Richard—the sixth son, nine years younger than Donald—remembered the dread he felt when he put on those boxing gloves. “All the brothers were all-state athletes, you know, in top-notch shape,” he said. “So when a fight broke out, it was a real fight.”

became a place where two different realities existed at the same time: the wrestling pit and the church choir; the wildness of the boys and the model family Don and Mimi believed they had. A little mischief could always be waved off, especially on a military base where competition and power and might were almost part of the drinking water.

But for many brothers—John, Michael, Richard, and Matt—there was a growing sense of being lost in the shuffle, even neglected, feeling less than safe, treated like a number and not a person, raised to take the illusion of protection as the real thing.

The private and public faces of the family were sometimes hard for others to reconcile, too. Visiting their cousins in Queens, the boys seized every unsupervised moment to break every rule in the house—climbing up on top of the garage roof, shooting at windows and birds with a BB gun. The East Coast cousins were both thrilled and scandalized. Then, months later, the cousins would get Christmas cards of Don and Mimi and the kids, a saintly family tableau, everyone dressed perfectly in pajamas around a tree. The disconnect seemed strange to them, even then.

For the moment, Don and Mimi chose not to see what was happening as anything other than roughhousing. These were boys, a lot of them, living in close quarters. It would be unrealistic to think that they would never fight. And the oldest, Donald, was still such a source of pride—a clean-cut teenager who was featured in a photo taking up nearly half the front page of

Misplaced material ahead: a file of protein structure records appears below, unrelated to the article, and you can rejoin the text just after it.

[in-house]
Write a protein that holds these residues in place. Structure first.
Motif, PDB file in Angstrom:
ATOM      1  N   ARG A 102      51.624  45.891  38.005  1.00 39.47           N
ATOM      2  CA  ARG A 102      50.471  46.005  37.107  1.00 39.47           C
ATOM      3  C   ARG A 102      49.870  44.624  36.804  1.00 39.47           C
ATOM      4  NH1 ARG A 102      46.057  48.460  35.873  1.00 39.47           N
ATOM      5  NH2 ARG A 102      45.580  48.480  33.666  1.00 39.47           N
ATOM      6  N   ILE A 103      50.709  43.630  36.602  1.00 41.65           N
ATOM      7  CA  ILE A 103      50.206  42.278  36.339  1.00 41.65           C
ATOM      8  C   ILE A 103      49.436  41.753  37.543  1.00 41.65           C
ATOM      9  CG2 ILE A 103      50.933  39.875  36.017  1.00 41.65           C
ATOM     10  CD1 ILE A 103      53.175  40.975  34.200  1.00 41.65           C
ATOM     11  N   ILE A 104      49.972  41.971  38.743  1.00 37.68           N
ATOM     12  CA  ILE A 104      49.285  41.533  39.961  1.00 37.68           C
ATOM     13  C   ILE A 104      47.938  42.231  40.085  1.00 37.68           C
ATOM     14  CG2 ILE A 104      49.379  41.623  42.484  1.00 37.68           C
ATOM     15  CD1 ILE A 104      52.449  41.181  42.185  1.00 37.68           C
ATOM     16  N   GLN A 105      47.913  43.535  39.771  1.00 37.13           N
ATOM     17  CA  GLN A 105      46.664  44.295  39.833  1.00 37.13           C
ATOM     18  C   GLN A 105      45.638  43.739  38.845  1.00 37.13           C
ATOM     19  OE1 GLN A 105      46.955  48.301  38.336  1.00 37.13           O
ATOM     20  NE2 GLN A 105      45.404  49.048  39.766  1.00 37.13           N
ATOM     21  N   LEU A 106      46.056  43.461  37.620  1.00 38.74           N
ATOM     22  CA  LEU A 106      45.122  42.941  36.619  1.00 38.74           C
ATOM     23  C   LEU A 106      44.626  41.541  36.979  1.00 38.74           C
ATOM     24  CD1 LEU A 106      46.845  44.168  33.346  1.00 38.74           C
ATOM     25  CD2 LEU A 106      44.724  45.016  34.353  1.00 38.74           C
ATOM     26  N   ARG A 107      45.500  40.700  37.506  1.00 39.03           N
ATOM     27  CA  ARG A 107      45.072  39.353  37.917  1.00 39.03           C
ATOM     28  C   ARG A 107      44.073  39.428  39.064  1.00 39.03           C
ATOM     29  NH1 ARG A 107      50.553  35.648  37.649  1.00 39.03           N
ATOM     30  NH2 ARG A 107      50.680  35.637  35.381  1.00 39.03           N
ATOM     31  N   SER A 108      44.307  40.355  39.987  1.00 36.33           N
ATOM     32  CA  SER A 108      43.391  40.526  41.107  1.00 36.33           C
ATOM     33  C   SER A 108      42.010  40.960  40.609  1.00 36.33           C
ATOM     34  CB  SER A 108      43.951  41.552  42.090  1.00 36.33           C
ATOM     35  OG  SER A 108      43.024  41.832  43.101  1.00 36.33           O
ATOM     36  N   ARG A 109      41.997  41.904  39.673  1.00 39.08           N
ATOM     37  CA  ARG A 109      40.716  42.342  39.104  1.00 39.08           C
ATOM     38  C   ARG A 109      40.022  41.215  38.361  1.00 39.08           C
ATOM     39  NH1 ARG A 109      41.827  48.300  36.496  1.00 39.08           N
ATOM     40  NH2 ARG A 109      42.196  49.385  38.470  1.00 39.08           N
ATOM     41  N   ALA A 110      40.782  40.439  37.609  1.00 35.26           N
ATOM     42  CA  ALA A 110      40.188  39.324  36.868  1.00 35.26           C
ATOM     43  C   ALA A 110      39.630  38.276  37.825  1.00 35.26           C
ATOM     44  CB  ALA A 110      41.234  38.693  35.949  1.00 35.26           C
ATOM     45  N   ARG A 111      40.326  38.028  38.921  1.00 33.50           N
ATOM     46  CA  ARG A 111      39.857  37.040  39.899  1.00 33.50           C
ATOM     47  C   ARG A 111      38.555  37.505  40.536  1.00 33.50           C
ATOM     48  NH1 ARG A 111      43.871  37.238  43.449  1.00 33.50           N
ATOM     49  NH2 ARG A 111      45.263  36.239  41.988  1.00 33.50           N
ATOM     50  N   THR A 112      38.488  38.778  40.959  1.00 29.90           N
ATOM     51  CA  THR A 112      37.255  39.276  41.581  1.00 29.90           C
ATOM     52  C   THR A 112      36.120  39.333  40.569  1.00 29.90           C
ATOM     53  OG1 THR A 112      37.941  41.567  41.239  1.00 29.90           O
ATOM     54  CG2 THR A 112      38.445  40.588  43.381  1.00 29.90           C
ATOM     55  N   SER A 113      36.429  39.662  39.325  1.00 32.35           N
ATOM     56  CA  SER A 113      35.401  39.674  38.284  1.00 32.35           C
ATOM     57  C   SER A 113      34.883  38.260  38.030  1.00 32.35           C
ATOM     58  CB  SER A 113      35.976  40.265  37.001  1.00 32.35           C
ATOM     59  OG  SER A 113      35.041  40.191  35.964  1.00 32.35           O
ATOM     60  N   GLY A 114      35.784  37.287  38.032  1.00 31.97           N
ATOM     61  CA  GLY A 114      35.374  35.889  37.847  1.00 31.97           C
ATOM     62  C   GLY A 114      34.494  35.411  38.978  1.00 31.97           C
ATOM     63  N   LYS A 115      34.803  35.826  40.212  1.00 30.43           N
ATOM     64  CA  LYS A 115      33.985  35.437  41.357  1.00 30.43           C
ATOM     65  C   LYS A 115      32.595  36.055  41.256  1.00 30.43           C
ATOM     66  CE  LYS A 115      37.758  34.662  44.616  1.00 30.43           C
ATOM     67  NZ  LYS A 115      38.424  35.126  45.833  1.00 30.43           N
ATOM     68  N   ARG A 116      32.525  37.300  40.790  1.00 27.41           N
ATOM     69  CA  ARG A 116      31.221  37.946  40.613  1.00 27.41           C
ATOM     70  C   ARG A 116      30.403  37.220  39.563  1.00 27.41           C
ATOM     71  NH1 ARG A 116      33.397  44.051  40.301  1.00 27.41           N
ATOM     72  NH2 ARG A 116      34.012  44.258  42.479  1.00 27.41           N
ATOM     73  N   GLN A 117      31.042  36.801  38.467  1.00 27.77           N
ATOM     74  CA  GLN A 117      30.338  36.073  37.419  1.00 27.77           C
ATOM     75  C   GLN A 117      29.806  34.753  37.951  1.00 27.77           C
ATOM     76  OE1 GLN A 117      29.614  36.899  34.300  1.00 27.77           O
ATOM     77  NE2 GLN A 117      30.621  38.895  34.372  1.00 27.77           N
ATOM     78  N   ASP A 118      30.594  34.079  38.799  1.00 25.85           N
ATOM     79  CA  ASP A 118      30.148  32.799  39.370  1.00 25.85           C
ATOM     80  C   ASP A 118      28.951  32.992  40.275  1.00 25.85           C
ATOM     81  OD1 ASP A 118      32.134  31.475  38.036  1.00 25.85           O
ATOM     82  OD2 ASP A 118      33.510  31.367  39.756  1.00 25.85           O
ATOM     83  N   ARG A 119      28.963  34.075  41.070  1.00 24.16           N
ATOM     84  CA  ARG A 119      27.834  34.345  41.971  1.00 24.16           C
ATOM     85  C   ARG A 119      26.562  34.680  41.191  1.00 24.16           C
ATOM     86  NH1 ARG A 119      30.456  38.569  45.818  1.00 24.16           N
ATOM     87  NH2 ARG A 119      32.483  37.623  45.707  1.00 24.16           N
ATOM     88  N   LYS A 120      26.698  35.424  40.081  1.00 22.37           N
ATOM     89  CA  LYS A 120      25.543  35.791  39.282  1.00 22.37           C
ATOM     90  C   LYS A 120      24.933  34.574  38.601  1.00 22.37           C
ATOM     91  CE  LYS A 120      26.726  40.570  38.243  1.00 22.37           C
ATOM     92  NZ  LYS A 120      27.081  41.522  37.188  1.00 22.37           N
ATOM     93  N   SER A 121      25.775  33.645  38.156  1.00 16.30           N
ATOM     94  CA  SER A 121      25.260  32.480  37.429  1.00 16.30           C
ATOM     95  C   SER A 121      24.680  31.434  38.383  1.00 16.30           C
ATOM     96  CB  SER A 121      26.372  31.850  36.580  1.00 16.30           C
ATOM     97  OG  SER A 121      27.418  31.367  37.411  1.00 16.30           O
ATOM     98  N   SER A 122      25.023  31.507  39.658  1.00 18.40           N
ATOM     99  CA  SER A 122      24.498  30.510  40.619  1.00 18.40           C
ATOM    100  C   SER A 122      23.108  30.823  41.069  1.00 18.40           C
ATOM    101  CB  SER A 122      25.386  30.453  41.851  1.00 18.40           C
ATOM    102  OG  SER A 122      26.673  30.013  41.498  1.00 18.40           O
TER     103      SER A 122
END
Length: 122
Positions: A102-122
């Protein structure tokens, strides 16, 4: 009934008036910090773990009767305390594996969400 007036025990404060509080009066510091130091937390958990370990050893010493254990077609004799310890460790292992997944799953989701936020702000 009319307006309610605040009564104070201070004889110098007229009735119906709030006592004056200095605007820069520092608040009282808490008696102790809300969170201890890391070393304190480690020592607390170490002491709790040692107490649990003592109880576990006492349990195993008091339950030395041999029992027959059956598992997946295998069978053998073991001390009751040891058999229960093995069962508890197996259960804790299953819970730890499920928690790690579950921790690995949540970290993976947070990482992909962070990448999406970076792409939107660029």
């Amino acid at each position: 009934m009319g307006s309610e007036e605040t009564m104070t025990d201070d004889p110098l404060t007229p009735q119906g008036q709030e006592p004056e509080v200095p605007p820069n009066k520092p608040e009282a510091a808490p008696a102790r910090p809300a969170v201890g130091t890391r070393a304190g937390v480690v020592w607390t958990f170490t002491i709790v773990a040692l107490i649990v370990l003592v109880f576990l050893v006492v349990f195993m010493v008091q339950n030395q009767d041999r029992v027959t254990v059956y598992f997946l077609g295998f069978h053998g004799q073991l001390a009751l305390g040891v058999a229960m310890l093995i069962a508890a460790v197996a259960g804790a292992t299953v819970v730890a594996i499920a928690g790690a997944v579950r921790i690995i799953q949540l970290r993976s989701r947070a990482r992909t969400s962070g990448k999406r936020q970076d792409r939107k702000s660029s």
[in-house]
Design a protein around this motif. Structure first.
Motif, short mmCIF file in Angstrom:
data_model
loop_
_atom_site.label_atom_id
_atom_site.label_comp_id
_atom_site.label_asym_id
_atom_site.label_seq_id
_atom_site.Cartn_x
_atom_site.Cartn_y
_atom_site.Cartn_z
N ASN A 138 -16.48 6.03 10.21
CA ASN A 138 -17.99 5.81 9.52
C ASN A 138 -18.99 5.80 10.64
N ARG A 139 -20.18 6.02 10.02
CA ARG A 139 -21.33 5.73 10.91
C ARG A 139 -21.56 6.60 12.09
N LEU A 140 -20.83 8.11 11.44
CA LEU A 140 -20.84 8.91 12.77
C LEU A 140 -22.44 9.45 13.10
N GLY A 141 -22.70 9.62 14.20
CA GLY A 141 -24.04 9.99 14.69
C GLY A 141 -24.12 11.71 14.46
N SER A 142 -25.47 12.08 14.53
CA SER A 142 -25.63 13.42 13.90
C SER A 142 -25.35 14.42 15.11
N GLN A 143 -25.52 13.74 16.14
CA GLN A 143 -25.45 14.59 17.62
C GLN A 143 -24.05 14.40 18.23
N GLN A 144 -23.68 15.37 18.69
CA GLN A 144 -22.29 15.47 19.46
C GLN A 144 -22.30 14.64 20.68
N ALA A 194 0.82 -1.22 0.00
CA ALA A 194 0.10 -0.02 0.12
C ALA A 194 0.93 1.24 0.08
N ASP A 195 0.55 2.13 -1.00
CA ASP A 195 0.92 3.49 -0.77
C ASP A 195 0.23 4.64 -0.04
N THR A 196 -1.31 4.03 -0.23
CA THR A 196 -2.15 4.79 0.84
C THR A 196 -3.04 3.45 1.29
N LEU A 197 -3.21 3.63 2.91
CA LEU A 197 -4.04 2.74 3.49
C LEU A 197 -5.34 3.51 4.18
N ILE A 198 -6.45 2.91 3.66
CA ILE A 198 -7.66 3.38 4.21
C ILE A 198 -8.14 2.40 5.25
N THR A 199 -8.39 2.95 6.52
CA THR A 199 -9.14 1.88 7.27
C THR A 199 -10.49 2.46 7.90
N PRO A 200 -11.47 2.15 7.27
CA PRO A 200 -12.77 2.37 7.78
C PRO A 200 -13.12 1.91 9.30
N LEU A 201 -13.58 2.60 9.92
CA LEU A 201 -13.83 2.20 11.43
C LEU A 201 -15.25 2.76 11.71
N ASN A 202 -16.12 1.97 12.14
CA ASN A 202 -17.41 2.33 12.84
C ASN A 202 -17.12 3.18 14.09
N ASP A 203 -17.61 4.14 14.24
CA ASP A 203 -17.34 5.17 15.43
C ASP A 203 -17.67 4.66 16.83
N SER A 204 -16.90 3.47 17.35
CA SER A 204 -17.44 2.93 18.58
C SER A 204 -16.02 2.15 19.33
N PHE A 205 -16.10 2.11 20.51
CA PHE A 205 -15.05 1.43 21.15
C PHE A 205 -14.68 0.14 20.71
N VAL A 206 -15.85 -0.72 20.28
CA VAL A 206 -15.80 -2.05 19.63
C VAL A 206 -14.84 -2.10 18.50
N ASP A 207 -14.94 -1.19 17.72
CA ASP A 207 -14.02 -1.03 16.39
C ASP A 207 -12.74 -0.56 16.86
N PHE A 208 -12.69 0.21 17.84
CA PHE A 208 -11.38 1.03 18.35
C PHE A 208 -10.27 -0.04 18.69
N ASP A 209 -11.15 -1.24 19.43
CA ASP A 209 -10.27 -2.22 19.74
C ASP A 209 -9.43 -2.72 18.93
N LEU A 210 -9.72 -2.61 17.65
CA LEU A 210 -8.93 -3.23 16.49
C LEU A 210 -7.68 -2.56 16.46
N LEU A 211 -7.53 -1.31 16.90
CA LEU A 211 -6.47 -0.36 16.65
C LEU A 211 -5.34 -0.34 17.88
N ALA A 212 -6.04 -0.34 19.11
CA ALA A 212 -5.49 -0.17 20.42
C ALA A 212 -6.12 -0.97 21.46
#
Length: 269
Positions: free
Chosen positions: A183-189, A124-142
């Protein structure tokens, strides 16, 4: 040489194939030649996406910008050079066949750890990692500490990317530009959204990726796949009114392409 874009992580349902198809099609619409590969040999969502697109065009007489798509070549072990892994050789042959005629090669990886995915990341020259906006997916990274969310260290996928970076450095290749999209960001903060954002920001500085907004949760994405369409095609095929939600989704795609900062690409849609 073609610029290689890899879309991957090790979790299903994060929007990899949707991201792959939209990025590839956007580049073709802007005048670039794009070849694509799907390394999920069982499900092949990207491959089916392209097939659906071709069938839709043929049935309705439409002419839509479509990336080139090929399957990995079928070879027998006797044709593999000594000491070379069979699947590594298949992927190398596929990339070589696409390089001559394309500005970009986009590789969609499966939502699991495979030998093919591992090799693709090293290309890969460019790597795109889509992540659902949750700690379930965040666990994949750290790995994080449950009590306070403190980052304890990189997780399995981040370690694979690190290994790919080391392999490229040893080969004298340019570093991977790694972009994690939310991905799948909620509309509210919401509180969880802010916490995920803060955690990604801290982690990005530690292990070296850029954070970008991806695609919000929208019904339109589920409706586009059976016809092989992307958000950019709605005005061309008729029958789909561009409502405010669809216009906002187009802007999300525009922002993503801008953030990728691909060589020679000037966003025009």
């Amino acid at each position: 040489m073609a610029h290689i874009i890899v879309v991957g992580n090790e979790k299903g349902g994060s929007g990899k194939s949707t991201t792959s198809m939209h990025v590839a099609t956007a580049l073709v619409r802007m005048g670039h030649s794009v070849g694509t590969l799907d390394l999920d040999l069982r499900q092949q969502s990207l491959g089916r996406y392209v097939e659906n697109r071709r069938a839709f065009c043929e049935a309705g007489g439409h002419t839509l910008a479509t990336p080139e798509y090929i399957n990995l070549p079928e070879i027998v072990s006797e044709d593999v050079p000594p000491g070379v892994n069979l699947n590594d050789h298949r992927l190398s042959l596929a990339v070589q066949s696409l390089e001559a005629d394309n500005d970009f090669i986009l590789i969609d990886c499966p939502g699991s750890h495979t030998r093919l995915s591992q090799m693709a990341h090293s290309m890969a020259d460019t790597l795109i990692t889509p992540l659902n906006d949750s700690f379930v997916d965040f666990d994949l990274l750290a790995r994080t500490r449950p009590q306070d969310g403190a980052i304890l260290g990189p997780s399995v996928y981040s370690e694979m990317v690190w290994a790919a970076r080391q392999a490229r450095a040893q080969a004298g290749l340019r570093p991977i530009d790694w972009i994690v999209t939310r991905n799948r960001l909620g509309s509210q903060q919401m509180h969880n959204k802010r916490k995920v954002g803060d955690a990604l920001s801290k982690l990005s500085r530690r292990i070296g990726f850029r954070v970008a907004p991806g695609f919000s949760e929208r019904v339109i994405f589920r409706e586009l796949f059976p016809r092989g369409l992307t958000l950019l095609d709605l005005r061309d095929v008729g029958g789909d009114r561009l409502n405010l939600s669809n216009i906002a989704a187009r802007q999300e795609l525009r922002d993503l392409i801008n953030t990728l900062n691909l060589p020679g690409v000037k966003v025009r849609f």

Denver Post,
rappelling from a falcon-nesting spot high up on Cathedral Rock. Just like his father.

son, was born on November 15, 1960. This time, Mimi had a long stay in the hospital afterward with a severe prolapse, along with a blood clot in her left leg. Now there were fewer jokes about how Mimi ought to wear garlic to bed to fend off her husband at night. Her doctor gravely told her that her childbearing years were behind her. Fifteen years of more or less continuous pregnancy, labor, and delivery would seem to be enough for anyone. But Mimi did not seem interested in listening, even when others pleaded with her.

“Really, dear, you should give poor ‘Major Galvin’ a turn at the hospital,” Mimi’s paternal grandfather, Lindsey Blayney, wrote to her. “But, seriously, I am concerned about you.”